Created by 17-year-old entrepreneur Ashley Marie Gibson, the Ashley Marie Collection features a range of natural hair care products that cater specifically to the evolving needs of Gen Z consumers. Don’t be fooled by her young age – Ashley is a total boss. As a Gen-Z entrepreneur, Ashley is passionate about creating products that use natural ingredients and prioritize health and well-being. The Ashley Marie Collection reflects Gen Z’s preference for natural and eco-friendly products with its commitment to using only the cleanest, ethically sourced ingredients. All products are cruelty-free, color-safe, paraben-free, sulfate-free, and formulated with natural ingredients.
If being clean wasn’t enough, this brand checks off another box – being diverse and inclusive! The Ashley Marie Collection is an entire hair care line specifically for 4C hair, a hair type that is often overlooked in the beauty industry. The line features a range of uniquely formulated products, including a Clarifying Shampoo, Moisturizing Shampoo, Hydrating Conditioner, Protein Conditioner, Leave-in Conditioner, Coil Cream, and Curly Coil Styling Gel. All of which work wonders for kinky, thick coils and will leave strands feeling and looking even better!
It’s your last day to apply to speak at TC Disrupt
Today’s your last chance to apply to speak at TechCrunch 2023
Why should you drop everything to get that application in by 11:59 p.m. PDT today? Not only will you help inform and educate the next generation of startups — and potential unicorns — but you’ll also establish or enhance your reputation as a valued thought leader and partner. Around here we call that a win-win situation.
How to apply to speak at TechCrunch Disrupt 2023
When you apply, you’ll choose one of the two formats below and submit a title and description of your topic:
Breakout Session: Up to two people (including moderator) lead a 30-minute presentation followed by a 20-minute Q&A from an audience of up to 100 attendees. You’ll be able to display a presentation and have limited AV capabilities. You’ll present one breakout during Disrupt.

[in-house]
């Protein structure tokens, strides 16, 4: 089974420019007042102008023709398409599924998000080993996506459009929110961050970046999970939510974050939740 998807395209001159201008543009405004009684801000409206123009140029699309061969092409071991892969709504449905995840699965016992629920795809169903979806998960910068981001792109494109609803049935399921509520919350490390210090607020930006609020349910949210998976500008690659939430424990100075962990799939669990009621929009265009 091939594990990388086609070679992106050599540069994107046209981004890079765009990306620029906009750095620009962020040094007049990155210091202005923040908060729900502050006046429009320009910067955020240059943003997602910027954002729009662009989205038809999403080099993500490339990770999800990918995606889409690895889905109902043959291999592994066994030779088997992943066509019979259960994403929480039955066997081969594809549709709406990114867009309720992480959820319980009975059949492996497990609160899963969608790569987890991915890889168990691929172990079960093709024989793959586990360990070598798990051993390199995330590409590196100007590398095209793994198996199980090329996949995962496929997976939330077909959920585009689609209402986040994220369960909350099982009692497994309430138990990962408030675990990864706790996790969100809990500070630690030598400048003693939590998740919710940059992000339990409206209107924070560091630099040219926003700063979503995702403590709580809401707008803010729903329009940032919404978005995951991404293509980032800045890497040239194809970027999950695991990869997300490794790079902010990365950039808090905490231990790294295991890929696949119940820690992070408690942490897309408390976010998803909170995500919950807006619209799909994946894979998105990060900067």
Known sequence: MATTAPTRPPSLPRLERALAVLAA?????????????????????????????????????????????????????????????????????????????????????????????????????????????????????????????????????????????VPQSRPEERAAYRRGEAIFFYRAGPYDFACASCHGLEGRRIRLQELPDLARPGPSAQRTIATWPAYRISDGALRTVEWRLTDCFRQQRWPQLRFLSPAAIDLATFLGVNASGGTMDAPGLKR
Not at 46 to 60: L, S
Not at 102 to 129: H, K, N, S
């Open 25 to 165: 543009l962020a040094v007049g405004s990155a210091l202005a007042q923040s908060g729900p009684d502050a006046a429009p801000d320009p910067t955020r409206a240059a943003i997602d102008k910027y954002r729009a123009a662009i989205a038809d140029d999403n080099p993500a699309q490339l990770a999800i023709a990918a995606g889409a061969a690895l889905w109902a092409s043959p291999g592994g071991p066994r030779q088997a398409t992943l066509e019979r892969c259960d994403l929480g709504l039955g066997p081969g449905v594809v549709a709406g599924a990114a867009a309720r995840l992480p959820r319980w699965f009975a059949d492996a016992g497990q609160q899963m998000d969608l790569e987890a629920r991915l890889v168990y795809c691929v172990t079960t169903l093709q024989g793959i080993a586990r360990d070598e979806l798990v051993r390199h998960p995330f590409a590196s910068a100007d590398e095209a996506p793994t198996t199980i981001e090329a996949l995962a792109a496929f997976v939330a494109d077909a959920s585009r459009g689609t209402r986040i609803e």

Roundtable Discussion: One person leads a 30-minute interactive conversation for an audience of up to 25 attendees. There is no presentation or AV — it’s all about organic conversation. You may potentially repeat this roundtable twice during Disrupt.
TechCrunch vets every application and then selects the finalists who will participate in the Audience Choice voting round. We’ll post the topics, descriptions and speakers online, and then TechCrunch readers will vote for the sessions they would like to see at the event. The top vote-getters will present live at Disrupt.
These are the important dates you need to know:
Application deadline: Today, April 21, by 11:59 p.m. PDT
Finalists notified: April 27
Audience Choice voting: May 1–12
Winners notified: May 15
Once more — a little louder this time: It’s your last opportunity to submit your application to speak at TechCrunch Disrupt on September 19–21! The application window slams shut today, April 21, at 11:59 p.m. PDT. One more reminder: Save up to $825 with an early-bird ticket. Buy your Disrupt pass, and join us in San Francisco!
TechCrunch+ roundup: Deep tech tips for SaaS VCs, toxic fundraising, student visa startup options
If someone said “startup” while we were playing a word association game, I’d respond with “fundraising.” (I bet you would, too.)
Asking people for money is a key aspect of every founder’s journey, but Techstars Managing Director Collin Wallace says it can also “accelerate your demise.”
For example, raising a round to rev up engineering, sales and marketing sounds positive — but what if the business itself has negative unit economics?.
“Most of the time, what stands between a company and its ability to achieve scale is not a lack of money,” writes Wallace in TC+.
“It’s better to ask: Do we have hustle problems? Product problems? Process problems? People problems? Is my business model fundamentally flawed?”
In this article, he examines four scenarios that often lead entrepreneurs to seek out new cash and explains why getting “a clear picture of what is fueling losses” is much more important.